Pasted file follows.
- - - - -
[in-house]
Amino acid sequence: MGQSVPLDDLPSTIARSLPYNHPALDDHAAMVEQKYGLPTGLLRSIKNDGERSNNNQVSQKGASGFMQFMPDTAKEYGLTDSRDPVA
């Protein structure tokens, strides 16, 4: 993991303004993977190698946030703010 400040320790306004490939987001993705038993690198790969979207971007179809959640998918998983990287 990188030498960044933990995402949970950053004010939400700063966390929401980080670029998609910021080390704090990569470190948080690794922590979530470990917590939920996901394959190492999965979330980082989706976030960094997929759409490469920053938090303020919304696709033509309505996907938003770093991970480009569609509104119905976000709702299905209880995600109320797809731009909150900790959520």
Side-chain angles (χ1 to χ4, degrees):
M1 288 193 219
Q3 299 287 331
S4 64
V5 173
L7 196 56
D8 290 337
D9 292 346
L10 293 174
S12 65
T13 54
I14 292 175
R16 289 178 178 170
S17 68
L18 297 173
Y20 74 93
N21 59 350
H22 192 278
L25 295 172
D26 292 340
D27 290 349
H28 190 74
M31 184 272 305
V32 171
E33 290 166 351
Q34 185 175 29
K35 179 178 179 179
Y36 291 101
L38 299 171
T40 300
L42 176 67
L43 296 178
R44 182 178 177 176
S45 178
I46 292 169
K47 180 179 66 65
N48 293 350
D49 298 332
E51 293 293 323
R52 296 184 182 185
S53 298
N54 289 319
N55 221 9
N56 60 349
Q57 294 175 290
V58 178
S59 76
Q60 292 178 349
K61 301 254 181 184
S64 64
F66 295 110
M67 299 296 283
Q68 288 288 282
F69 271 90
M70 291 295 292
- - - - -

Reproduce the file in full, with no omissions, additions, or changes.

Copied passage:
[in-house]
Amino acid sequence: MGQSVPLDDLPSTIARSLPYNHPALDDHAAMVEQKYGLPTGLLRSIKNDGERSNNNQVSQKGASGFMQFMPDTAKEYGLTDSRDPVA
């Protein structure tokens, strides 16, 4: 993991303004993977190698946030703010 400040320790306004490939987001993705038993690198790969979207971007179809959640998918998983990287 990188030498960044933990995402949970950053004010939400700063966390929401980080670029998609910021080390704090990569470190948080690794922590979530470990917590939920996901394959190492999965979330980082989706976030960094997929759409490469920053938090303020919304696709033509309505996907938003770093991970480009569609509104119905976000709702299905209880995600109320797809731009909150900790959520």
Side-chain angles (χ1 to χ4, degrees):
M1 288 193 219
Q3 299 287 331
S4 64
V5 173
L7 196 56
D8 290 337
D9 292 346
L10 293 174
S12 65
T13 54
I14 292 175
R16 289 178 178 170
S17 68
L18 297 173
Y20 74 93
N21 59 350
H22 192 278
L25 295 172
D26 292 340
D27 290 349
H28 190 74
M31 184 272 305
V32 171
E33 290 166 351
Q34 185 175 29
K35 179 178 179 179
Y36 291 101
L38 299 171
T40 300
L42 176 67
L43 296 178
R44 182 178 177 176
S45 178
I46 292 169
K47 180 179 66 65
N48 293 350
D49 298 332
E51 293 293 323
R52 296 184 182 185
S53 298
N54 289 319
N55 221 9
N56 60 349
Q57 294 175 290
V58 178
S59 76
Q60 292 178 349
K61 301 254 181 184
S64 64
F66 295 110
M67 299 296 283
Q68 288 288 282
F69 271 90
M70 291 295 292